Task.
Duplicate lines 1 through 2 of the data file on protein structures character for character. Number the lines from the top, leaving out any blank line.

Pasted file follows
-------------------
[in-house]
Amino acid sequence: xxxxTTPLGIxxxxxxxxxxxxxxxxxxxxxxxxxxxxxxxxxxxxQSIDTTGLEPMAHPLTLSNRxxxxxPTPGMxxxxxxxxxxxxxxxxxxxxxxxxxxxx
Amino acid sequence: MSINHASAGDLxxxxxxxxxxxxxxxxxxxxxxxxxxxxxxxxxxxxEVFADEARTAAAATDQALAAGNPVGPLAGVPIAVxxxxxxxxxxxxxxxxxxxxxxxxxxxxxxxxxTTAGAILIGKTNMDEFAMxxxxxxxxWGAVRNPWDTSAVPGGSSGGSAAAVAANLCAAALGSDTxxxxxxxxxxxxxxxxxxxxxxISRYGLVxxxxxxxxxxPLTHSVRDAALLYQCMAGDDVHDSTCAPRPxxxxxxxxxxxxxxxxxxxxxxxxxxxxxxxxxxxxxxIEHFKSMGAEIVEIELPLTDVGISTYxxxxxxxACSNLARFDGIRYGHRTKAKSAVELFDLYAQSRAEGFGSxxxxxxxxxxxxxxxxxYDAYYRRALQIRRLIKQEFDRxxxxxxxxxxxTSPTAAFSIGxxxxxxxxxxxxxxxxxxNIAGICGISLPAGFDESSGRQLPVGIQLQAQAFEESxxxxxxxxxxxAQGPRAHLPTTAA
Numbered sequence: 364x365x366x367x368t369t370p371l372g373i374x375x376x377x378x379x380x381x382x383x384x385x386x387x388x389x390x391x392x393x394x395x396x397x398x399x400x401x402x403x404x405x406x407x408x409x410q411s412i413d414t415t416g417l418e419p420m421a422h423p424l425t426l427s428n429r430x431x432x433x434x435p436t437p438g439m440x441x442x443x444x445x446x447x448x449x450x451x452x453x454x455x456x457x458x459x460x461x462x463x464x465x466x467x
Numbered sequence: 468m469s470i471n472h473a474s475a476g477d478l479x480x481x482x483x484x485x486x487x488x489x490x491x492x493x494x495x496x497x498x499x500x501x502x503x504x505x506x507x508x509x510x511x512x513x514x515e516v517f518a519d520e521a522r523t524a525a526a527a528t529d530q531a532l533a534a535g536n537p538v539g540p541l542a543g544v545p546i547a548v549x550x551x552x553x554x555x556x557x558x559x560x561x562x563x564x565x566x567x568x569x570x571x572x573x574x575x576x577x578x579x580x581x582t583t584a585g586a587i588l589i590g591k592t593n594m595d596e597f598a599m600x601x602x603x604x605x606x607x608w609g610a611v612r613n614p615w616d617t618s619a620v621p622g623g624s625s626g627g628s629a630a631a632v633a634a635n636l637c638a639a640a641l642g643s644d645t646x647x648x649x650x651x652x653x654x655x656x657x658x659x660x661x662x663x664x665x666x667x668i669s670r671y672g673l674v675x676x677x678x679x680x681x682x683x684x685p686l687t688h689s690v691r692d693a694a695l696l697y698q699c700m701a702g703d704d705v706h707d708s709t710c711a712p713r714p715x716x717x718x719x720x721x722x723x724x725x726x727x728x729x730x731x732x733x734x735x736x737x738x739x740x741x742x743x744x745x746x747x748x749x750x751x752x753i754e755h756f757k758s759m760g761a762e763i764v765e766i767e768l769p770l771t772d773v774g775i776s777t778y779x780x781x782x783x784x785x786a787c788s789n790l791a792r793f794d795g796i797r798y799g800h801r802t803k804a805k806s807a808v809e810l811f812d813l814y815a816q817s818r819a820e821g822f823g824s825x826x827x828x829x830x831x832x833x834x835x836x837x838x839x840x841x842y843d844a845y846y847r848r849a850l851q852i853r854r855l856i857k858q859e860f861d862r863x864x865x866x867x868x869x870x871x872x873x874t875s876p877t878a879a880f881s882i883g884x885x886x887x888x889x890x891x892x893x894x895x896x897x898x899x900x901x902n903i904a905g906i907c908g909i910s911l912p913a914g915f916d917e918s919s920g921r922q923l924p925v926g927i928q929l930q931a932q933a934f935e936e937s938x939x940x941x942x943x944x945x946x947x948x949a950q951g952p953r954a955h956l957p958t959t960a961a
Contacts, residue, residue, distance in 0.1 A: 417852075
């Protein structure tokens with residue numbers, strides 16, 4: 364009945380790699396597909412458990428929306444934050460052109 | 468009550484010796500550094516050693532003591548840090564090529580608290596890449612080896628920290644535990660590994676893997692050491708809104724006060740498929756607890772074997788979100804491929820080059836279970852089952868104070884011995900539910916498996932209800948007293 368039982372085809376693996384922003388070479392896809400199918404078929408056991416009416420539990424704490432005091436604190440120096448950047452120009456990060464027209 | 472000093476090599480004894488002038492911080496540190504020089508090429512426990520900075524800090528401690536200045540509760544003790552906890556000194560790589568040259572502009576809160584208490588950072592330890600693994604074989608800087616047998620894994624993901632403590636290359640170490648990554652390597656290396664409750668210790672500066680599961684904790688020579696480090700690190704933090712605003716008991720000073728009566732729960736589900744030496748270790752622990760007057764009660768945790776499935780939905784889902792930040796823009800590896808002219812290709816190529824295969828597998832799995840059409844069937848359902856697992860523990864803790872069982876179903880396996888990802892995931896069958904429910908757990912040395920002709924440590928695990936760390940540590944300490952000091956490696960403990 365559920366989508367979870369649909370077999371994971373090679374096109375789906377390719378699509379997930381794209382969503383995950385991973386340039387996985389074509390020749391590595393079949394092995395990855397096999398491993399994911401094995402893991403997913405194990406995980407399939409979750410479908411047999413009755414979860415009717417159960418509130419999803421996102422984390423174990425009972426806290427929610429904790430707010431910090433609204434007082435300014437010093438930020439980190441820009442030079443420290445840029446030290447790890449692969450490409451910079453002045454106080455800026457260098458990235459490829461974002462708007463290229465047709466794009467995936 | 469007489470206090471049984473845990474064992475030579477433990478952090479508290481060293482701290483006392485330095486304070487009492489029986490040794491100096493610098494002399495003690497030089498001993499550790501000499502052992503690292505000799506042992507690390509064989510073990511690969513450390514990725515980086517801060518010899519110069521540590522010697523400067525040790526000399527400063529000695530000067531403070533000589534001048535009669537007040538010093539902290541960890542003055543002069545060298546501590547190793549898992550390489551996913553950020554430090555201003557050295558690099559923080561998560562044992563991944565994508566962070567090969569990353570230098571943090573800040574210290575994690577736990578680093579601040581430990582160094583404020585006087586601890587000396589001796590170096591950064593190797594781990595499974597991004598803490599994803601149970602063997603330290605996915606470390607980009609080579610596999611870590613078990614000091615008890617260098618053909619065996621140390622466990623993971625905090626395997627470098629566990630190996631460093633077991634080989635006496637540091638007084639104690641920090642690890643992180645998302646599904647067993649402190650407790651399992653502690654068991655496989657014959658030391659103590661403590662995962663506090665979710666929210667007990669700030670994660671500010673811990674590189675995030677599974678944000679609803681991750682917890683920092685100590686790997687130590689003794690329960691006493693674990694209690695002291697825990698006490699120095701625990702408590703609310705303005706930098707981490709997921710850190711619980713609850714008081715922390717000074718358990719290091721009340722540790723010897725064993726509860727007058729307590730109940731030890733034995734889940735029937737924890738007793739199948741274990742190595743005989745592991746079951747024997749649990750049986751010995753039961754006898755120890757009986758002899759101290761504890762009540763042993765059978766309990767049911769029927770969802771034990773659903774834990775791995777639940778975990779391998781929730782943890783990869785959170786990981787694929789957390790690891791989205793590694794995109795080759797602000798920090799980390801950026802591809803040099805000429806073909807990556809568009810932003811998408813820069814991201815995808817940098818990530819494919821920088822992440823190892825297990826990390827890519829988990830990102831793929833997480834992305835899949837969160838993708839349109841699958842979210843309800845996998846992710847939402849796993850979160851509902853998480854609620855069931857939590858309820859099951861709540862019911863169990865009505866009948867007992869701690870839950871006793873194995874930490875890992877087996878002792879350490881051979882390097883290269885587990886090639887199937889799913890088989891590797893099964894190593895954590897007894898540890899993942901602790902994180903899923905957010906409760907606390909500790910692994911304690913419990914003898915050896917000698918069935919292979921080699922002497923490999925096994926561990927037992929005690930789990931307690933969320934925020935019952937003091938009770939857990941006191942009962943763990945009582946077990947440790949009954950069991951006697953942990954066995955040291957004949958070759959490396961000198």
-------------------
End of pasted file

[in-house]
Amino acid sequence: xxxxTTPLGIxxxxxxxxxxxxxxxxxxxxxxxxxxxxxxxxxxxxQSIDTTGLEPMAHPLTLSNRxxxxxPTPGMxxxxxxxxxxxxxxxxxxxxxxxxxxxx